from Bare and Bitter Sleep

•••

I picked up a newspaper from the SF Arts & Media Expo with two stories about unofficial public art in San Francisco.

The first was written by “Comrade Q”, about the installation of a sculpture:

“It was a public art attack. February 26, 1993, at the foot of Market Street in San Francisco, the Department of Public Art (DPA) drove up in a rented pickup truck.
Out we sprang, dressed in white Tyvek disposable suits, each adorned with a black and blue DPA logo specially created for the purpose. Comrade X had the clipboard with our work order, duly signed and filled out, describing our apparent civil service duty of installing the sculpture in Justin Herman Plaza).”

They installed the sculpture, and then,

“With a flourish of feigned cityworker boredom, we pulled the plastic away to reveal our masterpiece: “The Door Is Always Open.” A mannequin was flying over a
1965 Chrysler Imperial car door, its bicycle upended into the door itself. All of it had been painstakingly assembled during the previous week. Few cyclists are unfamiliar with the drama of getting “doored” while riding the narrow side spaces on most urban streets. It was but the first of a series of occasional Art Attacks by the San Francisco Department of Public Art, stretching through the 1990s and well into the new millennium. No doubt others will appear in coming years. ”

The second story, “Urban Alterations” was by Scott Kiddall, and told about how he altered some of the city-installed, U-shaped bicycle racks that are bolted to the sidewalks:

” I enlisted friends and together we removed the racks at night and took them back to my metal shop. There, I added welded ornamentation following themes of disempowerment. The first one depicted items of physical labor such as a pipe threader, a railroad spike and a factory gear, reflecting the transition to a service-oriented economy. Another depicted stuffed animals that were incarcerated.”

He reinstalled the modified racks that same night and most of them are still there, three years later.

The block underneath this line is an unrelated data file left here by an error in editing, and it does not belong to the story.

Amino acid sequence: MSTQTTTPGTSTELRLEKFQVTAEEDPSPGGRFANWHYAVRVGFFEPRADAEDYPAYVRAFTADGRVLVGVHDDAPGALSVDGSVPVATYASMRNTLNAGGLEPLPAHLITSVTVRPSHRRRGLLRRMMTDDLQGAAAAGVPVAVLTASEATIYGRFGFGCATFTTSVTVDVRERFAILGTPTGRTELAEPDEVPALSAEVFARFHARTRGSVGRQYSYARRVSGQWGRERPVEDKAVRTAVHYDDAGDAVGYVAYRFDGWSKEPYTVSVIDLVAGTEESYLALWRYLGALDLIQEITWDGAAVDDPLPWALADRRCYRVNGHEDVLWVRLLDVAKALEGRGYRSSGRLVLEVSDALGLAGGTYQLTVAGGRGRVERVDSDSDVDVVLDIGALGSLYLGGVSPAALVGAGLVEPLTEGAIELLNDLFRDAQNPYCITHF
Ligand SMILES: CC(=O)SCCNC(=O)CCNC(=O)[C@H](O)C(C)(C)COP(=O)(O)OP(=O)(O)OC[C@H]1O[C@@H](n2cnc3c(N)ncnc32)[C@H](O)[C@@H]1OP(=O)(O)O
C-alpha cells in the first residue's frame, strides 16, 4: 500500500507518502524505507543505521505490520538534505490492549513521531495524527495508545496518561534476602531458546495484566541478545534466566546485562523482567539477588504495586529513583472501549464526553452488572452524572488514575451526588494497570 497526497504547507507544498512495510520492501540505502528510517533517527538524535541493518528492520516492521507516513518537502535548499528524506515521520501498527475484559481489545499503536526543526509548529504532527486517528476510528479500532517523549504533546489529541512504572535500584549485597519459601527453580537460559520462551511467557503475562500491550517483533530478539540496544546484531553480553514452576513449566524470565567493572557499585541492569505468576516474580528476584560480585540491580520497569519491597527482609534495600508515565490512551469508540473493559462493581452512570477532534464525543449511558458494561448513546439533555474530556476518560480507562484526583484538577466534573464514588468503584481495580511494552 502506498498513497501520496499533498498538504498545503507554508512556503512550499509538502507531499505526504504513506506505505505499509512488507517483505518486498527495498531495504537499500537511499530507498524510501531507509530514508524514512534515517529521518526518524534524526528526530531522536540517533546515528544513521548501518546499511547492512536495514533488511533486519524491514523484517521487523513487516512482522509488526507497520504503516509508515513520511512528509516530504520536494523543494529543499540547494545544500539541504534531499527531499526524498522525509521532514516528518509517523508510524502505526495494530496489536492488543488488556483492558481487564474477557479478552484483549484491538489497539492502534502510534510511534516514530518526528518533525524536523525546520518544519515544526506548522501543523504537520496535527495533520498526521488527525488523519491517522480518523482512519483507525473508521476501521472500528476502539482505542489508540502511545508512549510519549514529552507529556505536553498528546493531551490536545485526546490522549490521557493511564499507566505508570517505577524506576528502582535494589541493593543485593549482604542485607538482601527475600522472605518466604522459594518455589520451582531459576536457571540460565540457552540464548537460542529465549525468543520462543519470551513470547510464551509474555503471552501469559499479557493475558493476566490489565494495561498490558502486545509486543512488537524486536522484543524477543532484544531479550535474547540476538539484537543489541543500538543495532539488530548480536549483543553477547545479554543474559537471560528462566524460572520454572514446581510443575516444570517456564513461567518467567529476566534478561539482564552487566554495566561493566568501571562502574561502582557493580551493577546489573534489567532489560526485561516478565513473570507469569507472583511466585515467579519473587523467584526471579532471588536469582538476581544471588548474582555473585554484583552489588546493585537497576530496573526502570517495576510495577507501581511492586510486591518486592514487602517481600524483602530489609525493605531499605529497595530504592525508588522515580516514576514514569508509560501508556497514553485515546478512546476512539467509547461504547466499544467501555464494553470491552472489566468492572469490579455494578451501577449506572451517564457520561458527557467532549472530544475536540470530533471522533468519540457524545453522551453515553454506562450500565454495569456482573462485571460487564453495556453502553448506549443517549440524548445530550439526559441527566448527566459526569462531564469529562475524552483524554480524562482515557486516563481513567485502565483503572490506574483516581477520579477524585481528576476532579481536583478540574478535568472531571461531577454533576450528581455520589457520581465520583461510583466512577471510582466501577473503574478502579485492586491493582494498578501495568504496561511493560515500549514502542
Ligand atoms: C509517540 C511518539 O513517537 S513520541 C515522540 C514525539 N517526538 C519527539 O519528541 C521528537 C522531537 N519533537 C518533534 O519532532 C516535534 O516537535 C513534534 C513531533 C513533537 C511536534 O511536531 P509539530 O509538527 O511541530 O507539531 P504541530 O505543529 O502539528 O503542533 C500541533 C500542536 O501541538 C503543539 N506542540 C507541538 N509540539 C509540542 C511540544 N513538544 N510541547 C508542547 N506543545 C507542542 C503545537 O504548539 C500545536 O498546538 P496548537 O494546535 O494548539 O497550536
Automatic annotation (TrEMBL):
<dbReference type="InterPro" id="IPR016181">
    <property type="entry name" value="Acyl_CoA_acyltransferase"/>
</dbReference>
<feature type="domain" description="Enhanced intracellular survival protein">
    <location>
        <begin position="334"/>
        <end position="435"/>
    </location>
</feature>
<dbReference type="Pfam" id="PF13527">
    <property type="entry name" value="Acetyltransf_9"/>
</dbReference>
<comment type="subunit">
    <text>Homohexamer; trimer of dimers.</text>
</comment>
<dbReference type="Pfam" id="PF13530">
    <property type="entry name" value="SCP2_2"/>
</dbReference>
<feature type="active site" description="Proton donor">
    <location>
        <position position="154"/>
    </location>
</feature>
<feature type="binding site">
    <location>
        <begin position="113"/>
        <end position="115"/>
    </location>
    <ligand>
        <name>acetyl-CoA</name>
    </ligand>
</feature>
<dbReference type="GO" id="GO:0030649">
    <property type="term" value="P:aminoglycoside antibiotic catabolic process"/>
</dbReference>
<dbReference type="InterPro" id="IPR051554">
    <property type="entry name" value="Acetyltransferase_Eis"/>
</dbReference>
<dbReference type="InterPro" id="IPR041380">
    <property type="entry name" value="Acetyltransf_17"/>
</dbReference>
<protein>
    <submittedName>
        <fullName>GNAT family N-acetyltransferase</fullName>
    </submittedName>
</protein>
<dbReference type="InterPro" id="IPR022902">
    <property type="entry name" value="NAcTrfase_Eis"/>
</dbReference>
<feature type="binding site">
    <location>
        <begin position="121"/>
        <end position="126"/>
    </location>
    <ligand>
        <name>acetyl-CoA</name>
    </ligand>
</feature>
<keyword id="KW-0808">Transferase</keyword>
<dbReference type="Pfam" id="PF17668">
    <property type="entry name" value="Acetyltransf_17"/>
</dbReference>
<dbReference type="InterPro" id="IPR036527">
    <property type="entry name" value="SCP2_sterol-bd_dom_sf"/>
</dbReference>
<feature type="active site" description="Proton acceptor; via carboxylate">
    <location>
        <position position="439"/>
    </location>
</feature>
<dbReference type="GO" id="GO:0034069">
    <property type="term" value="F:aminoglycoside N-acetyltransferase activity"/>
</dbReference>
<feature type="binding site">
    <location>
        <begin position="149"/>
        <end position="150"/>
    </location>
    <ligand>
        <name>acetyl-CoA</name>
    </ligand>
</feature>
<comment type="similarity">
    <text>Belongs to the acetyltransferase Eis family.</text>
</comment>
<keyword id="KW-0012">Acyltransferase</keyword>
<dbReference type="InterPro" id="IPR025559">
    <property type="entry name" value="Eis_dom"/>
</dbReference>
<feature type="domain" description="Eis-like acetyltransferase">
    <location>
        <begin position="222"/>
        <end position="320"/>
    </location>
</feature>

So, now you know.

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August 22, 2005 (Monday) Painting in Union Square, fending off pigeons
For the next six weeks I’m going to be doing my regular plein-aire stints in Union Square (open plaza in the middle of downtown SF) instead of, or in addition to Golden Gate Park. People often stop to talk to me when I’m painting in public, and it just dawned on me last week that I could be sending them to the gallery (which is only half a block from Union Square.) I hadn’t painted here in the past because it seemed too touristy and frankly, it didn’t strike me as particularly appealing, visually. You can look in four different directions at four slightly differing walls of retail & hotel buildings. Then there are the usual assorted palm trees, lots of restless people, and pigeons. Aggressive pigeons. Kamikaze pigeons. But, hey, it’s good to challenge yourself now and then, so…

Last Friday I headed down there for my first session. There’s a great little Italian cafe at the edge of the square, and I had this fantasy that I could sit at one of their tables, sipping a mocha, listening to Frank Sinatra or Italian opera, and sketch… something. But it didn’t work out that way.

When I came up out of the underground at Market & Stockton, I noticed a fine grey mist in the air, and for once it wasn’t fog. Then I heard helicopters. Hovering. Lots of them. The streets were packed with people, most of them hurrying somewhere, or standing, looking up. I headed to the gallery, where they told me about the explosion at Post & Kearny. I thought they were kidding at first.

So I went over to Union Square anyway, and tried to get a table at Rulli, but it was bedlam. I’ve never seen it so nuts there. I had to cruise for about 15 minutes before I was able to snag a table. I ordered a sandwich, too, in hopes that I could lay claim to my little patch of real estate a bit longer. I couldn’t hear any music above the helicopters and sirens. Forget looking for the best view – I just started sketching what was in front of me, with a black ink rollerball.

Then the couple at the table next to me got up and left a few scraps on the plates. The pigeons descended, in rapidly increasing numbers, until they were a writhing grey mass that started edging my way. I started swinging my sketchbook to fend them off. Next thing you know, there’s a kid under my table trying to FEED the pigeons a piece of bread! I told her to get lost, but I soon decided to strike out for new territory, myself.